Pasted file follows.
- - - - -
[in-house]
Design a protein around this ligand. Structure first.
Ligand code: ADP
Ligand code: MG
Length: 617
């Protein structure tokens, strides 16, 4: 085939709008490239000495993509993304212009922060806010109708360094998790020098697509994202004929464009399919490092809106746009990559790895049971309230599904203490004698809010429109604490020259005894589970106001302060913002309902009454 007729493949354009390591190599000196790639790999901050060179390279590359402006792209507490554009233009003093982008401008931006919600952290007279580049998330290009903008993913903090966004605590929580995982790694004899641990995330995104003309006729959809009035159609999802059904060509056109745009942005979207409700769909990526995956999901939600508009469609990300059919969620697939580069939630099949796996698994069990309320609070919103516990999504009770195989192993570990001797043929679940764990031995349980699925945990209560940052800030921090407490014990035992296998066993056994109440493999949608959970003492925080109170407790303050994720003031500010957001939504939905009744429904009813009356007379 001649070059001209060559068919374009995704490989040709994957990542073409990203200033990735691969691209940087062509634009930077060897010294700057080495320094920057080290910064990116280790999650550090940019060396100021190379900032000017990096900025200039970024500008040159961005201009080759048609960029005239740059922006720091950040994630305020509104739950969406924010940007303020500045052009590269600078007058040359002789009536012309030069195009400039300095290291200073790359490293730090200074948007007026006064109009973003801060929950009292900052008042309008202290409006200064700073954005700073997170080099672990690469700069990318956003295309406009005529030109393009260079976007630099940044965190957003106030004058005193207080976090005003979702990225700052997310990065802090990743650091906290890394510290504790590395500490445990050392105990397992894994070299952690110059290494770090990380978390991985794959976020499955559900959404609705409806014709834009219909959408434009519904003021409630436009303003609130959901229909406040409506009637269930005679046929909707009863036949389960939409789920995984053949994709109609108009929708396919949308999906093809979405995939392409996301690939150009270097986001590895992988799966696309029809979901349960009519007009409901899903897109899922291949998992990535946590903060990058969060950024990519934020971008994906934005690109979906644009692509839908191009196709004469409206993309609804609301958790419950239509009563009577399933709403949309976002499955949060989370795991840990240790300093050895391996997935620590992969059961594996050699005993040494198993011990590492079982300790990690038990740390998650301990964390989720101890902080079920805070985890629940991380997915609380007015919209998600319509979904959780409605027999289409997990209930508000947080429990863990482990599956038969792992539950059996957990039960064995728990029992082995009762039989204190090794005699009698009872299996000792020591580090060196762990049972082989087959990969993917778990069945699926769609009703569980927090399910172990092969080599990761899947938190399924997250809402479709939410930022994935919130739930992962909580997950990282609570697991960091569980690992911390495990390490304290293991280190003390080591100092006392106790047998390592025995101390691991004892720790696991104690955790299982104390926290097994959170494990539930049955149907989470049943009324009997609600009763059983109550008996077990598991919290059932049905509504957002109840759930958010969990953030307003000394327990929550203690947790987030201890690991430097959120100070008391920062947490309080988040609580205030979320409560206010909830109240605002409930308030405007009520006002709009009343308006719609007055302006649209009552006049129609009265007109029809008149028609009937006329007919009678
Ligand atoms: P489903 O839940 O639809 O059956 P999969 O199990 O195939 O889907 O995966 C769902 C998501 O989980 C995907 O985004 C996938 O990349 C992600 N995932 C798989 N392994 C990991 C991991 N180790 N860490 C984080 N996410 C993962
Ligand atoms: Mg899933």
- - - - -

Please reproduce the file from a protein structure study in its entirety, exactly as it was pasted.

[in-house]
Design a protein around this ligand. Structure first.
Ligand code: ADP
Ligand code: MG
Length: 617
């Protein structure tokens, strides 16, 4: 085939709008490239000495993509993304212009922060806010109708360094998790020098697509994202004929464009399919490092809106746009990559790895049971309230599904203490004698809010429109604490020259005894589970106001302060913002309902009454 007729493949354009390591190599000196790639790999901050060179390279590359402006792209507490554009233009003093982008401008931006919600952290007279580049998330290009903008993913903090966004605590929580995982790694004899641990995330995104003309006729959809009035159609999802059904060509056109745009942005979207409700769909990526995956999901939600508009469609990300059919969620697939580069939630099949796996698994069990309320609070919103516990999504009770195989192993570990001797043929679940764990031995349980699925945990209560940052800030921090407490014990035992296998066993056994109440493999949608959970003492925080109170407790303050994720003031500010957001939504939905009744429904009813009356007379 001649070059001209060559068919374009995704490989040709994957990542073409990203200033990735691969691209940087062509634009930077060897010294700057080495320094920057080290910064990116280790999650550090940019060396100021190379900032000017990096900025200039970024500008040159961005201009080759048609960029005239740059922006720091950040994630305020509104739950969406924010940007303020500045052009590269600078007058040359002789009536012309030069195009400039300095290291200073790359490293730090200074948007007026006064109009973003801060929950009292900052008042309008202290409006200064700073954005700073997170080099672990690469700069990318956003295309406009005529030109393009260079976007630099940044965190957003106030004058005193207080976090005003979702990225700052997310990065802090990743650091906290890394510290504790590395500490445990050392105990397992894994070299952690110059290494770090990380978390991985794959976020499955559900959404609705409806014709834009219909959408434009519904003021409630436009303003609130959901229909406040409506009637269930005679046929909707009863036949389960939409789920995984053949994709109609108009929708396919949308999906093809979405995939392409996301690939150009270097986001590895992988799966696309029809979901349960009519007009409901899903897109899922291949998992990535946590903060990058969060950024990519934020971008994906934005690109979906644009692509839908191009196709004469409206993309609804609301958790419950239509009563009577399933709403949309976002499955949060989370795991840990240790300093050895391996997935620590992969059961594996050699005993040494198993011990590492079982300790990690038990740390998650301990964390989720101890902080079920805070985890629940991380997915609380007015919209998600319509979904959780409605027999289409997990209930508000947080429990863990482990599956038969792992539950059996957990039960064995728990029992082995009762039989204190090794005699009698009872299996000792020591580090060196762990049972082989087959990969993917778990069945699926769609009703569980927090399910172990092969080599990761899947938190399924997250809402479709939410930022994935919130739930992962909580997950990282609570697991960091569980690992911390495990390490304290293991280190003390080591100092006392106790047998390592025995101390691991004892720790696991104690955790299982104390926290097994959170494990539930049955149907989470049943009324009997609600009763059983109550008996077990598991919290059932049905509504957002109840759930958010969990953030307003000394327990929550203690947790987030201890690991430097959120100070008391920062947490309080988040609580205030979320409560206010909830109240605002409930308030405007009520006002709009009343308006719609007055302006649209009552006049129609009265007109029809008149028609009937006329007919009678
Ligand atoms: P489903 O839940 O639809 O059956 P999969 O199990 O195939 O889907 O995966 C769902 C998501 O989980 C995907 O985004 C996938 O990349 C992600 N995932 C798989 N392994 C990991 C991991 N180790 N860490 C984080 N996410 C993962
Ligand atoms: Mg899933």